REDCine-X, REDRocket, 5K Time Tests
CLAi are fortunate to not only have been there at the start of the Digital Cinema revolution, but to be heavily involved in post-production and pre-production as well as the physical shooting side of the equation… making us one of the few companies around who really understand the whole process when working with Digital Cinema cameras and footage.
As RED and their software partners introduce new technologies and endless updates on a weekly basis, the adventures in RED Digital Cinema are certainly never ending. At the same time our industry has been in tremendous flux, with new cameras that seem to appear and die within months of their launch, and groundbreaking new roles for on-set and post-production professionals.
From our perspective all of this has meant constantly evolving and developing techniques and workflows to handle cutting edge cameras on set, on location and through pre-post (a part of the process that harkens back to processing 35mm) and post-production – and not just RED, we have developed workflows that are as happy with an Alexa or F65 as they are with a Canon 5D.
Of all the questions we get about RED Digital Cinema, the biggest mystery and confusion is always the same – the scary unknown of RED R3D files and what to do with them. And if it is an unknown, how do you allocate budget and time for it?
Well, we recently got called in on a project as “The RED Experts” to not only provide and manage between 6 and 10 RED Epic cameras and crews for a multiple day shoot, but also to handle the masses of footage through on-location color grading, rendering and edit. It’s the sort of gig that we really get excited about…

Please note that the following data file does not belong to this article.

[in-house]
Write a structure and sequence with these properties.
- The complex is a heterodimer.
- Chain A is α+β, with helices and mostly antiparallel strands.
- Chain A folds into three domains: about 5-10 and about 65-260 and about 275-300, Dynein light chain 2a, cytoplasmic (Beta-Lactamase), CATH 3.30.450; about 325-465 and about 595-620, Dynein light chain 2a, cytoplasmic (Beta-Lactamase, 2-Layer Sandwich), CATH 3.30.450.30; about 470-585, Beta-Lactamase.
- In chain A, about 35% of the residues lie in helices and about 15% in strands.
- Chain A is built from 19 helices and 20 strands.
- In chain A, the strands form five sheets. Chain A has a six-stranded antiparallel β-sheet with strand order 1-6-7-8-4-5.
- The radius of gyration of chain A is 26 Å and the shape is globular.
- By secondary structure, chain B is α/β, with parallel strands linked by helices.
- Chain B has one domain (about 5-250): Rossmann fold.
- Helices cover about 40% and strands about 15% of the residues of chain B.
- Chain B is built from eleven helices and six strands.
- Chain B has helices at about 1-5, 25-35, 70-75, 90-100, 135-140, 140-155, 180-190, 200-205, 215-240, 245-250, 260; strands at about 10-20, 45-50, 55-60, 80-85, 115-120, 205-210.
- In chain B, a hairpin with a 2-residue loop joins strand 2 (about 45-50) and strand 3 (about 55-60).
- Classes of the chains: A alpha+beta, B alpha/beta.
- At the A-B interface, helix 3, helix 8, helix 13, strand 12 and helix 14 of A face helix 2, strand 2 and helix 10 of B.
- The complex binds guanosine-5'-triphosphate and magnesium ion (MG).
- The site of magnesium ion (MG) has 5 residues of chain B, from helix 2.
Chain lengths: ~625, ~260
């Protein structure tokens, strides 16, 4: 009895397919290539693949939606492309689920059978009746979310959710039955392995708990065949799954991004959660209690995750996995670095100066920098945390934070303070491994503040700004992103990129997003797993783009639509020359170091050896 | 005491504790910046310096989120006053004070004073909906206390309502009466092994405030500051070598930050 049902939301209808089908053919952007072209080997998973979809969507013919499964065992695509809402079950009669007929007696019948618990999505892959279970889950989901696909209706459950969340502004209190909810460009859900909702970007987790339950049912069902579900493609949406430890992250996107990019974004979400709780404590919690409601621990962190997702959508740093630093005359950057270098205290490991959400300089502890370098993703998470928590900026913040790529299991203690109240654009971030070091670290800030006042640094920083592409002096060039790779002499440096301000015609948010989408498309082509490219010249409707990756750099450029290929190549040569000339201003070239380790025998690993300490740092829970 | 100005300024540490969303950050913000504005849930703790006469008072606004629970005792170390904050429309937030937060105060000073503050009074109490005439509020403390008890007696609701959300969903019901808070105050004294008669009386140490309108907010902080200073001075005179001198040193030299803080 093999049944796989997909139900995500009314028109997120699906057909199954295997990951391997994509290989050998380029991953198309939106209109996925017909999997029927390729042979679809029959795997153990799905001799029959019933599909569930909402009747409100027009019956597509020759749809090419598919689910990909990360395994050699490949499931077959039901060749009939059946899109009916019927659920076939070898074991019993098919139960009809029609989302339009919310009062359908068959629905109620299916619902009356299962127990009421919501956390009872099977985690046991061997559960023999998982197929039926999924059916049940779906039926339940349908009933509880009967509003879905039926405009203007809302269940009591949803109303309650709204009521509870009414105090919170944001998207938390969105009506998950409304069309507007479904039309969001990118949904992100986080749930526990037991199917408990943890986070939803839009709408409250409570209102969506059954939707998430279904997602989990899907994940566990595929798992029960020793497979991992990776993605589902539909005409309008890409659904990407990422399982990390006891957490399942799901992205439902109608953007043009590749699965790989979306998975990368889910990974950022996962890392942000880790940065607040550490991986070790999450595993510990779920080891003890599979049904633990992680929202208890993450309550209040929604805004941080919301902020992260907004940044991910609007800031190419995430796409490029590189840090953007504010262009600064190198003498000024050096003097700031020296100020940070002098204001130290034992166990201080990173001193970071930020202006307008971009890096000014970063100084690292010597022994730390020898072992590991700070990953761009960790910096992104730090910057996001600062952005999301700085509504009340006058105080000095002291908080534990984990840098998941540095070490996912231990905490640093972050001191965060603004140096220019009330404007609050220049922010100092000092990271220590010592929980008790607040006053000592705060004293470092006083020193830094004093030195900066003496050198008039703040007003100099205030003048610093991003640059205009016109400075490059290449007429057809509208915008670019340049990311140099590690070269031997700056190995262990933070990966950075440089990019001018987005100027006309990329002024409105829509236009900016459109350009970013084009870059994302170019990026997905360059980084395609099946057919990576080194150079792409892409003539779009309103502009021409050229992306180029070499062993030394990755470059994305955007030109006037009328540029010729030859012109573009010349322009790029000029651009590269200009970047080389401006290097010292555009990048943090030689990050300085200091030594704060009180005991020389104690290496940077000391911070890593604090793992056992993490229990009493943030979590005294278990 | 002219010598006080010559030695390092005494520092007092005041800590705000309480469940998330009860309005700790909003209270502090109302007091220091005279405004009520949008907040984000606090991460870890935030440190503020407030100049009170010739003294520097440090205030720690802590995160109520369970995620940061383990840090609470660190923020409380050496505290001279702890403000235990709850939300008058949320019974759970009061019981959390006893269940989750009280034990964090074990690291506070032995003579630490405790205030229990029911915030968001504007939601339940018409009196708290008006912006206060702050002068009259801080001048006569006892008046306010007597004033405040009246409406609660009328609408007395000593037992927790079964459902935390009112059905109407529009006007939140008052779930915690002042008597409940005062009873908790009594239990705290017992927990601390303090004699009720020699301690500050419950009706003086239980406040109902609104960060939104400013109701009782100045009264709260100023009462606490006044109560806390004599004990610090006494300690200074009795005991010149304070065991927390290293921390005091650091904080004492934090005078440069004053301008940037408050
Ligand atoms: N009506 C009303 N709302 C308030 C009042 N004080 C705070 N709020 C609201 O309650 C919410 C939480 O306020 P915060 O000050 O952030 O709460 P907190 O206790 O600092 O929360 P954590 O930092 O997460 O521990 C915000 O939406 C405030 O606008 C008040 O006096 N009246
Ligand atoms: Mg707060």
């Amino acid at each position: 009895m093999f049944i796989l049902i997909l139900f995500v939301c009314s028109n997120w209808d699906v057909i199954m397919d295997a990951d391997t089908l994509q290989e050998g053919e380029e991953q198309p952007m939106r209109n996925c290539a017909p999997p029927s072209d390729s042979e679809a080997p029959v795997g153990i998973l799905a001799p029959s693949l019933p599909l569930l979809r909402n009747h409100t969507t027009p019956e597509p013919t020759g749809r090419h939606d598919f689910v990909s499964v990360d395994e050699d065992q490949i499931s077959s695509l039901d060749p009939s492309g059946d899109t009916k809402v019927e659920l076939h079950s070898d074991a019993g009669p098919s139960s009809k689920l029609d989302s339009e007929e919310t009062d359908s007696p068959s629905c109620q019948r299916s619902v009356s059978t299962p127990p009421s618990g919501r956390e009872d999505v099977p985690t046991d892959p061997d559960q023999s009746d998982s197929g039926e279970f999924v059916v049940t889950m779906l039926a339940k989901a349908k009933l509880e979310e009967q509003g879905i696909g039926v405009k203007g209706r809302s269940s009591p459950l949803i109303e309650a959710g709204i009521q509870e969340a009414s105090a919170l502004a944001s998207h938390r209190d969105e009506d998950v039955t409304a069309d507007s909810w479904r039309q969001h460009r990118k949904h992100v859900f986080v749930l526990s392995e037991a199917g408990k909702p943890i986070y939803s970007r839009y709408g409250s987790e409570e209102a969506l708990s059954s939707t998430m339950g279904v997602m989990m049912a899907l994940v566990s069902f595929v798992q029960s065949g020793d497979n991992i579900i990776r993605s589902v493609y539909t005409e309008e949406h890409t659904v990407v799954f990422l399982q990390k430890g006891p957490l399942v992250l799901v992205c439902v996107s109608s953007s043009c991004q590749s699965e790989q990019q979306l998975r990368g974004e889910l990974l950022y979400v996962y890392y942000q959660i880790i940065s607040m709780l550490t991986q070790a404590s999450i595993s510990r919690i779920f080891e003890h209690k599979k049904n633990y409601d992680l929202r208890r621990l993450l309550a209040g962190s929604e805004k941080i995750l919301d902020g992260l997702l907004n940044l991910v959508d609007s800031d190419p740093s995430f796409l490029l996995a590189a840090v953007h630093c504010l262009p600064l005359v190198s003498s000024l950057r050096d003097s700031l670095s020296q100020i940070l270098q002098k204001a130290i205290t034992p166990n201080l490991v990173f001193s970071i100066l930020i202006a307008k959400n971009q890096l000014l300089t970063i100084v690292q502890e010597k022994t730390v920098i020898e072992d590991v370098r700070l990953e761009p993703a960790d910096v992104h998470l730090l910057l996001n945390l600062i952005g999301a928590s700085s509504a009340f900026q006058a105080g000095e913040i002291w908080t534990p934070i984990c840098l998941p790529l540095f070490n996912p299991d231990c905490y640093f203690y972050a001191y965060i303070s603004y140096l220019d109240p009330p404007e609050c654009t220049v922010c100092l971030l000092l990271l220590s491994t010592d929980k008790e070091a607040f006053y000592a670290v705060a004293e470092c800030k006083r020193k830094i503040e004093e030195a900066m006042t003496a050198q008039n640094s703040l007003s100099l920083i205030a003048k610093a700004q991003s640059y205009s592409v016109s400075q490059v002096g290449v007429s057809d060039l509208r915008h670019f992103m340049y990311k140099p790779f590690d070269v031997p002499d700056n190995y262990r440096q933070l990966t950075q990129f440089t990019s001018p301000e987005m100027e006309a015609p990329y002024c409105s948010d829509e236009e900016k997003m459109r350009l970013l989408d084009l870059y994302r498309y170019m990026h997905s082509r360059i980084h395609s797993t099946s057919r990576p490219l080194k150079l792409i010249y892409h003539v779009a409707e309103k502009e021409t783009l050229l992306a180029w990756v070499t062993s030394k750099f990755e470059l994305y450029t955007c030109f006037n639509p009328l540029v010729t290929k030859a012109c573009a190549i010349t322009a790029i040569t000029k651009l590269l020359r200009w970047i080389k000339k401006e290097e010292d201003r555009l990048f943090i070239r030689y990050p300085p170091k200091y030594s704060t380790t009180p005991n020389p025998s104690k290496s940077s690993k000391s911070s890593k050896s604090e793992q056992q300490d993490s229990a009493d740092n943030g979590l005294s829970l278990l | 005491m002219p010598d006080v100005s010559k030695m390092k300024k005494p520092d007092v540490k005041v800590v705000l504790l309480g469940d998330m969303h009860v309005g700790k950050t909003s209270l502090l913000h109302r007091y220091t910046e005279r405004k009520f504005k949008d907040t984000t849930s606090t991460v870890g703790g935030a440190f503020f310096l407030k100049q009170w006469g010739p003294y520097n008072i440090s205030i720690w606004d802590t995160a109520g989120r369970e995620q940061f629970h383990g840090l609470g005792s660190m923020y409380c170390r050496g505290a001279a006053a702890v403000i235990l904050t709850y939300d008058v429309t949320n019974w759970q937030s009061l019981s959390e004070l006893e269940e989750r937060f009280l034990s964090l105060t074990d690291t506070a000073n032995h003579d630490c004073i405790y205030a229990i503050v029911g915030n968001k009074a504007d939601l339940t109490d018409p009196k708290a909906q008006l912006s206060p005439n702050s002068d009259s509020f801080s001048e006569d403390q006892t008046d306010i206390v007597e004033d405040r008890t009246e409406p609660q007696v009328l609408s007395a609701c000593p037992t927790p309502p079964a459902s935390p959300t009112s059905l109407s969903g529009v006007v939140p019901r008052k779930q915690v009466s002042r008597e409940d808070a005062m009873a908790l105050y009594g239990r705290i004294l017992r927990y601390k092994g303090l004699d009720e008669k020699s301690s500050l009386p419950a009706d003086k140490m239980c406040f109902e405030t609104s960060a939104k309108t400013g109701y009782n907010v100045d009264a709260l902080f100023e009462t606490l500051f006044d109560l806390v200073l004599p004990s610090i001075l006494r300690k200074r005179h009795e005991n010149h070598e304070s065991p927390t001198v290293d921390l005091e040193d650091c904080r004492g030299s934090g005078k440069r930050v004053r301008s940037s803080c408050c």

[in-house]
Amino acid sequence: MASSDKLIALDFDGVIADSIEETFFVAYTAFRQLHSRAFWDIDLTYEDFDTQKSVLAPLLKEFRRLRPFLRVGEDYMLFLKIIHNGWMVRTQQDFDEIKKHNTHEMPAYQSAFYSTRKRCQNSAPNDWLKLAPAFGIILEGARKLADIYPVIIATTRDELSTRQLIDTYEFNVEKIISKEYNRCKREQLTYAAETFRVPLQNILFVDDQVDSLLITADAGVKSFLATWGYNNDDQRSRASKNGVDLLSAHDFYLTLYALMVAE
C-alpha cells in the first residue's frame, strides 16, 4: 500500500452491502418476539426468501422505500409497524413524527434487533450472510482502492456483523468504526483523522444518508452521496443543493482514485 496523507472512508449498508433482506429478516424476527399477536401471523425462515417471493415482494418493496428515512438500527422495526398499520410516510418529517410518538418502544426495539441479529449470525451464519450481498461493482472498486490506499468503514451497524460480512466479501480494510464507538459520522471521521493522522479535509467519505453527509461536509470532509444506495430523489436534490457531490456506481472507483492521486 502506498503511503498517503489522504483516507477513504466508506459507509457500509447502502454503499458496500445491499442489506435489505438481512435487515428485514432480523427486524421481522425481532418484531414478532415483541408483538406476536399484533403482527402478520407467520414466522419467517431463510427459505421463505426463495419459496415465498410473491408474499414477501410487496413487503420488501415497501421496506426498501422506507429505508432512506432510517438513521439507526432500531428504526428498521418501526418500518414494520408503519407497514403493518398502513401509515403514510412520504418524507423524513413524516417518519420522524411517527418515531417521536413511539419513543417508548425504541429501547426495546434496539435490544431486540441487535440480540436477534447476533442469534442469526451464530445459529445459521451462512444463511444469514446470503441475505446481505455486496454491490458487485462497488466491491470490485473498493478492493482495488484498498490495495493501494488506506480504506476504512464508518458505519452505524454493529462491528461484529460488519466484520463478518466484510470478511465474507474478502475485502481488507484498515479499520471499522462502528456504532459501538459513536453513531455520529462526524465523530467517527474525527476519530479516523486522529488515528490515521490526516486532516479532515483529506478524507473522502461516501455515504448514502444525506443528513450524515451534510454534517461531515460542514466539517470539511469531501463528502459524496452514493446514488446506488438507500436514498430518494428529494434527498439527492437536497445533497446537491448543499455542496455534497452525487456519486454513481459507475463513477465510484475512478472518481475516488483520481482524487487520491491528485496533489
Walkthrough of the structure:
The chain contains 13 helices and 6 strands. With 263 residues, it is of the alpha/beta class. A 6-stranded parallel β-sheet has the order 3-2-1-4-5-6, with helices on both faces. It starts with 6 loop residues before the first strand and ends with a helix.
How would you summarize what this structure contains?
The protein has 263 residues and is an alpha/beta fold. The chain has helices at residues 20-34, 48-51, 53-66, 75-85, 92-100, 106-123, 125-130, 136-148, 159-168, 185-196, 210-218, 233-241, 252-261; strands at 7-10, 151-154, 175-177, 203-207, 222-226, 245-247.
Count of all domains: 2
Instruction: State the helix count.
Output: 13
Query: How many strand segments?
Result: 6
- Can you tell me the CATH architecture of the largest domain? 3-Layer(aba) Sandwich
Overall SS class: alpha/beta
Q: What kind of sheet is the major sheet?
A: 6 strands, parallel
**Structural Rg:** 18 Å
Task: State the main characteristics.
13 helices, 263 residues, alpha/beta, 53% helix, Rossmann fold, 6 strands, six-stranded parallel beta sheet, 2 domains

Shot in 5K this amount of data still won’t touch The Hobbit’s 30 camera RED Epic shoot, but we are getting close – so to estimate the amount of storage space and time to allow for rendering and editing, our starting point was to run some tests, get out the calculators and crunch numbers – and after all of that we thought we would pass our knowledge on to you…
All of these tests were done with a 1 min RED Epic clip at 24fps, with a basic correction done in REDCine-X, reading from an On-Board hard drive, and writing to an eSATA raid drive all output through a REDRocket on a MacPro 8 core.
format type (shot)
ProRes444 same size output time
ProRes444 same size file size
ProRes422 HQ same size output time
ProRes 422 same size file size
(a fun fact we learned was that by creating a preset for this first batch of tests that defined output clip size as “same as source” it cut down on output times quite a lot compared to inputting the exact numbers)
format type (shot)
ProRes422 HQ output time
output file size
So one hour of footage shot at 5K widescreen (our setting of choice) will take about 6 hours to output and probably need about 1 TB of hard drive space… a good thing to plan for before you shoot!
What is super interesting and good to know is that a 1920×1080 ProRes422 HQ file is very nearly a real time render on a REDRocket – that’s huge, and a key piece of information for any RED DIT or Colorist to know. For us at CLAi, that’s a piece of cake, and we can do it with our On-Location Colorist or back in our studio all on our REDRocket Mac Pro, but for most people this will take much longer! A standard 8 Core MacPro will take about 30x more than our estimate, and for any DIT working on-set with our favorite MacBookPros… well… good luck is the best I can say!
At the end of the day the important thing to remember is that a Digital Cinema workflow is not scary or unimaginable, you just need to hire the right people to guide you through the adventure. You wouldn’t hire a DP that has only shot on HDV for your 35mm film, so why rent out a RED camera without a good RED DIT and RED Editor? It’s not impossible, you just need the right people on your team.
Hope this helps!